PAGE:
FedEx Corp. (NYSE: FDX) officials on Thursday said that overflow shipments from a saturated truckload market contributed to record fourth-quarter results for the less-than-truckload unit but blamed a messy service suspension for some customers on rivals’ earlier cancellations that dumped more freight into its system.
FedEx Freight’s average daily shipment volume grew 30% and revenue per shipment increased 6%, resulting in a 16.1% increase in operating margin, the company reported.
Overall, the integrated logistics provider achieved record revenue and quadrupled adjusted operating income.
The fourth-quarter and fiscal-year performance reflect a broader trucking and LTL market that is squeezed by surging volumes and relatively fixed capacity. During the first quarter, the U.S. economy expanded 6.4% and economists anticipate stronger growth in the second quarter, with the manufacturing sector in expansion mode and retailers struggling to keep up with consumer demand for merchandise. Manufacturing and retail are major components of LTL business.
The avalanche of shipments dinged FedEx Freight’s service levels. As FreightWaves first reported, the nation’s largest LTL carrier abruptly terminated pickups at thousands of locations for about 1,400 customers this month in an effort to restore operational quality standards the company views as a differentiator. FedEx rolled back some service cancellations a week later after receiving blowback from customers, including retailers unhappy suppliers could not deliver their products as scheduled.
Another reason for Freight’s high throughput level was extra loads carried on behalf of sister unit FedEx Ground, which experienced more than 20% growth in average daily package volume from the prior quarter. For the year, the Freight segment delivered 1.7 million packages for Ground.
Executives said a lack of labor availability among drivers and dockworkers contributed to late deliveries across all its parcel and trucking units.
The truckload sector is five times larger than LTL so “when they get full, the spillover comes into LTL. As the largest LTL carrier, we get the majority of it,” FedEx Freight CEO Lance Moll said during a call with analysts. “And so, when you have it combined with what the broad actions our competitors have taken to embargo entire sections of the country without any notice, impacting all customers, we decided to take an implemented temporary targeted volume control to drive and minimize the network disruptions and balance capacity to avoid the backlogs across the entire country.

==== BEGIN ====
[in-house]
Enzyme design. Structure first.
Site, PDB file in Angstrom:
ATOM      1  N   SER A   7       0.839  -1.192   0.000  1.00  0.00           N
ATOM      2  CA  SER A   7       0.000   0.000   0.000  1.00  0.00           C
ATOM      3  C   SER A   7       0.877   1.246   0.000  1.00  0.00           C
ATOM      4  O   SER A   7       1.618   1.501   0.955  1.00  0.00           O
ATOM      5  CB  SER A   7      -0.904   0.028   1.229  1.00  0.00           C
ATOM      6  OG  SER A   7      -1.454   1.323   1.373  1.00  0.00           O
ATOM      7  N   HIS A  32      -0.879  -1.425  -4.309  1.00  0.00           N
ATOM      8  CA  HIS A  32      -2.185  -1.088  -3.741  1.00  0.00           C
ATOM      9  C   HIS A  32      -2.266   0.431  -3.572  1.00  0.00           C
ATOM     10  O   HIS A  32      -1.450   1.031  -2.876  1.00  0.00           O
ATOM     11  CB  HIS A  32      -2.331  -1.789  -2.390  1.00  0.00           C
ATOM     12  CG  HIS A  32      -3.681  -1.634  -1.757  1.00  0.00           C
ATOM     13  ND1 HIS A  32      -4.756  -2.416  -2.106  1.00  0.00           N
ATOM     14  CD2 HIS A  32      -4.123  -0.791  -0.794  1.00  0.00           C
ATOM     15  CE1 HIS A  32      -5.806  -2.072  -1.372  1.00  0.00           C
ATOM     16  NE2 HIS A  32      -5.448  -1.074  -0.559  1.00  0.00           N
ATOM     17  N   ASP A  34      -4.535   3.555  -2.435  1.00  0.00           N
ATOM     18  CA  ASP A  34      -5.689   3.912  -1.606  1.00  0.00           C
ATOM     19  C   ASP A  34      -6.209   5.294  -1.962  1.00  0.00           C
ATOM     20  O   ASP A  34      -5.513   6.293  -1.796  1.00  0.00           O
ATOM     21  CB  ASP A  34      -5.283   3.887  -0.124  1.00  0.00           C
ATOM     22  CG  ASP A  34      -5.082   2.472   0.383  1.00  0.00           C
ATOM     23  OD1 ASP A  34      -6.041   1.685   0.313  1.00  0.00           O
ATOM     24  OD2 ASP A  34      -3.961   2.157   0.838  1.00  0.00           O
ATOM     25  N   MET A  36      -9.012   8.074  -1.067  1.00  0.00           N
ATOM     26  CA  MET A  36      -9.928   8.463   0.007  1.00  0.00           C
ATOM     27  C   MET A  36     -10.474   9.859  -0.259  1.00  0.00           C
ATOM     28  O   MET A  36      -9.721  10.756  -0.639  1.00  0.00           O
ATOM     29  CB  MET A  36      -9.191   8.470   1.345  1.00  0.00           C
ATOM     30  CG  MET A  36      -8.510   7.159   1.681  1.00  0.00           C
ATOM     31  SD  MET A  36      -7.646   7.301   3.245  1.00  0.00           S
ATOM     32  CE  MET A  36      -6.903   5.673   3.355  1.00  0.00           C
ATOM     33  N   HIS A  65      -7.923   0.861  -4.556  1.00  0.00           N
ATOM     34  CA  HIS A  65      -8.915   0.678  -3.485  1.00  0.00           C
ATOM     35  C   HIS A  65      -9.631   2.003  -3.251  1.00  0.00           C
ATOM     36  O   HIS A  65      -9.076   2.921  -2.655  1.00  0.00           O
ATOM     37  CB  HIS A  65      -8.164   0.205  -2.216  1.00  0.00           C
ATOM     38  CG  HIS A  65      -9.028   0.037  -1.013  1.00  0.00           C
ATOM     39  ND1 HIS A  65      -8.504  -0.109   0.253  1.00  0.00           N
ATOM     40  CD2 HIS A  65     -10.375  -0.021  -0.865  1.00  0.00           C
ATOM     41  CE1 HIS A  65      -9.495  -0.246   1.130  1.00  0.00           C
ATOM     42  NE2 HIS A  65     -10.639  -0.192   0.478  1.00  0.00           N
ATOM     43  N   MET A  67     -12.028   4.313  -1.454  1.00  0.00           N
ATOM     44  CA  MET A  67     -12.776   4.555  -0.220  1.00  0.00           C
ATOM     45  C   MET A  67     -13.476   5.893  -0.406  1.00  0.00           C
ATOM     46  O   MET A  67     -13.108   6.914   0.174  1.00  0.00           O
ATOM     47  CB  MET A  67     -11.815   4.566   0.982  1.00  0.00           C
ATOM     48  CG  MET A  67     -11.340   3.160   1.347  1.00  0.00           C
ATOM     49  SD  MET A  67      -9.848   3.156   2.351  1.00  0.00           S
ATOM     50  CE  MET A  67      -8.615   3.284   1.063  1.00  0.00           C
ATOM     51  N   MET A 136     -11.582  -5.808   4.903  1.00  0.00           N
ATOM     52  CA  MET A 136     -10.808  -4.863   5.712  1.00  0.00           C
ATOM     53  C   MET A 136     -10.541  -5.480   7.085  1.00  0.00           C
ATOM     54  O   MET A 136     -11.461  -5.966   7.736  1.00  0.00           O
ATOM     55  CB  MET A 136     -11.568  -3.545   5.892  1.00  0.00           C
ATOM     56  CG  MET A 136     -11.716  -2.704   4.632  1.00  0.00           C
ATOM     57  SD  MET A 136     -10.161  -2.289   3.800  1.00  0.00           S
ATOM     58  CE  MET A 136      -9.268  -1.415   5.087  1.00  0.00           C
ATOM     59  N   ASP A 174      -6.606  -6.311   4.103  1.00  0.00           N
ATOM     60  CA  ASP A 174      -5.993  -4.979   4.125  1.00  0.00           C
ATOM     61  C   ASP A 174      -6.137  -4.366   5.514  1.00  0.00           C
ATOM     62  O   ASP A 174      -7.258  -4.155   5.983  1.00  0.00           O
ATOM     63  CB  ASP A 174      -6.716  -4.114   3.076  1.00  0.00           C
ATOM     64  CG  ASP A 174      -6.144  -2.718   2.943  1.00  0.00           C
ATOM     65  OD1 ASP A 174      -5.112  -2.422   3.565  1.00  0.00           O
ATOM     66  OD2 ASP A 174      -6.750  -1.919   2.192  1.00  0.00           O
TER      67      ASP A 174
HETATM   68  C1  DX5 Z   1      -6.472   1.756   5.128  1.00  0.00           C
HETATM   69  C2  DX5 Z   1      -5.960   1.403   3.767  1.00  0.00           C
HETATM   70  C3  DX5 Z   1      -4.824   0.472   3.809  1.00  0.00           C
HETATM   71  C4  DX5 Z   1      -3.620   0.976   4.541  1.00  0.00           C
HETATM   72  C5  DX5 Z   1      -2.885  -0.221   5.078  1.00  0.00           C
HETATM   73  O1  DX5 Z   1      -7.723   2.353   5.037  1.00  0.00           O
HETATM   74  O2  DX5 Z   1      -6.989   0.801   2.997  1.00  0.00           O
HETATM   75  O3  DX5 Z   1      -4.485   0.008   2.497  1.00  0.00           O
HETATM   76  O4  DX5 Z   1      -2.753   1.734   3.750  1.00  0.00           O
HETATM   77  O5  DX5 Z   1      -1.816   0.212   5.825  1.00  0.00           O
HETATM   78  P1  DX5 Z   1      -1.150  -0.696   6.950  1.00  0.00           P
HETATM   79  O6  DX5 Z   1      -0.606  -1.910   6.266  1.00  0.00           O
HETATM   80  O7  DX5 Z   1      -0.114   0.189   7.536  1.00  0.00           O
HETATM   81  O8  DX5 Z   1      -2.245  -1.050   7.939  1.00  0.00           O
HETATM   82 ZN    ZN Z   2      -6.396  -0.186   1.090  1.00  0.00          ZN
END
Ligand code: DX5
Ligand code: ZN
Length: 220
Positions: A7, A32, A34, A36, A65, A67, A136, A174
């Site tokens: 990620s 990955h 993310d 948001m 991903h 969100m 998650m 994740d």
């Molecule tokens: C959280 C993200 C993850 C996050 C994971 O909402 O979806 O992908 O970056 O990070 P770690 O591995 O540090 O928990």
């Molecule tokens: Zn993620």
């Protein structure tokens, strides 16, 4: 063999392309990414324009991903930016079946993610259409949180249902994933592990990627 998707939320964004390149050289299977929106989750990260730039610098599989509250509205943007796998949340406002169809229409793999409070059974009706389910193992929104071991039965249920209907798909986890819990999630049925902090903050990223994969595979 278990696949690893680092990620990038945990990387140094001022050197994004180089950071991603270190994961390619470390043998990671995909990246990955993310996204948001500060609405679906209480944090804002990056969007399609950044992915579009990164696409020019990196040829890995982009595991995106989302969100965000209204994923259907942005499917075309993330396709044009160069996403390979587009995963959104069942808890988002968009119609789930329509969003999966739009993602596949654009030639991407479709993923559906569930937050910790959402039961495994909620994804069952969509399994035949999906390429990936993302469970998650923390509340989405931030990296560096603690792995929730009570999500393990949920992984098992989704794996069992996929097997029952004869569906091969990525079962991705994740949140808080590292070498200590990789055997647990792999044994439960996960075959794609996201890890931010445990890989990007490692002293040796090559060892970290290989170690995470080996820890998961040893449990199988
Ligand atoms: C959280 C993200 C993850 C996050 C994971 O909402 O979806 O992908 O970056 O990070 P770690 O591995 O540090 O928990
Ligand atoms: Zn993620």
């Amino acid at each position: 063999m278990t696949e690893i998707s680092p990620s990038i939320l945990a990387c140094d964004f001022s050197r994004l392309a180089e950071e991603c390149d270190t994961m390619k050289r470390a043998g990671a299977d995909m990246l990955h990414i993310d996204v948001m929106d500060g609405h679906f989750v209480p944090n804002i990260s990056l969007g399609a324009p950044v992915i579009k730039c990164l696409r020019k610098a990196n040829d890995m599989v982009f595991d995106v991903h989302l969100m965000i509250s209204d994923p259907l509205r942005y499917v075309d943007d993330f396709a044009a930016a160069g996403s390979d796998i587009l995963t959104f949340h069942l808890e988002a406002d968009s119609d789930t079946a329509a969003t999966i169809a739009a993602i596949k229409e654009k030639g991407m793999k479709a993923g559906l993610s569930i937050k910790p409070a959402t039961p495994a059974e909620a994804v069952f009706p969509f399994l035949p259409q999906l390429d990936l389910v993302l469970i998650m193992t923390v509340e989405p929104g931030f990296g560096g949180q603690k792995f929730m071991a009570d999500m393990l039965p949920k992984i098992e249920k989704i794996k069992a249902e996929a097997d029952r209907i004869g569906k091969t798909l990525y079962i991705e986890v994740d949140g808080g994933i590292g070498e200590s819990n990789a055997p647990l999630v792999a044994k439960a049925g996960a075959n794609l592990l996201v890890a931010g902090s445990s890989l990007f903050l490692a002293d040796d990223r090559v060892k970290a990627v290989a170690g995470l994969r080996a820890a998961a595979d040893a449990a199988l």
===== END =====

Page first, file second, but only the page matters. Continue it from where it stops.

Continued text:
“So with record growth has come some tough but necessary decisions to protect our employees, reduce our backlogs and staff to our business volume. This continues to be the driving force behind our business decisions,” he added.
Analysts and former executives say Freight gets its strong profits by running one of the tightest networks, which doesn’t give it much room to handle an influx of new freight.
While other LTL carriers have used price hikes to get rid of less desirable customers and stopped accepting new tenders in certain traffic lanes, none have been as aggressive as FedEx in weeding out unfriendly freight. Logistics industry representatives say other LTL carriers have temporarily placed embargoes on select terminal service areas since early March, but haven’t put entire geographic regions off limits.
Moll said, “In hindsight, I would not have wanted to make a decision back in the quarter like this, and we’re taking measures to avoid it going forward.” A more targeted approach, the company says, will hopefully provide transparency into why service is discontinued in some situations.
With a strategic focus on only accepting freight that’s easy to handle or fits the network, some shippers will remain in the cold.
CFO Mike Lenz said Freight will continue to improve “revenue quality” and pursue profitable growth strategies.
Meanwhile, Freight intends to grow its share of the residential freight delivery market, said Chief Marketing Officer Brie Carere. FedEx Freight Direct is a service introduced a few years ago to meet growing demand from e-commerce for delivery of heavy, bulky items to homes and businesses.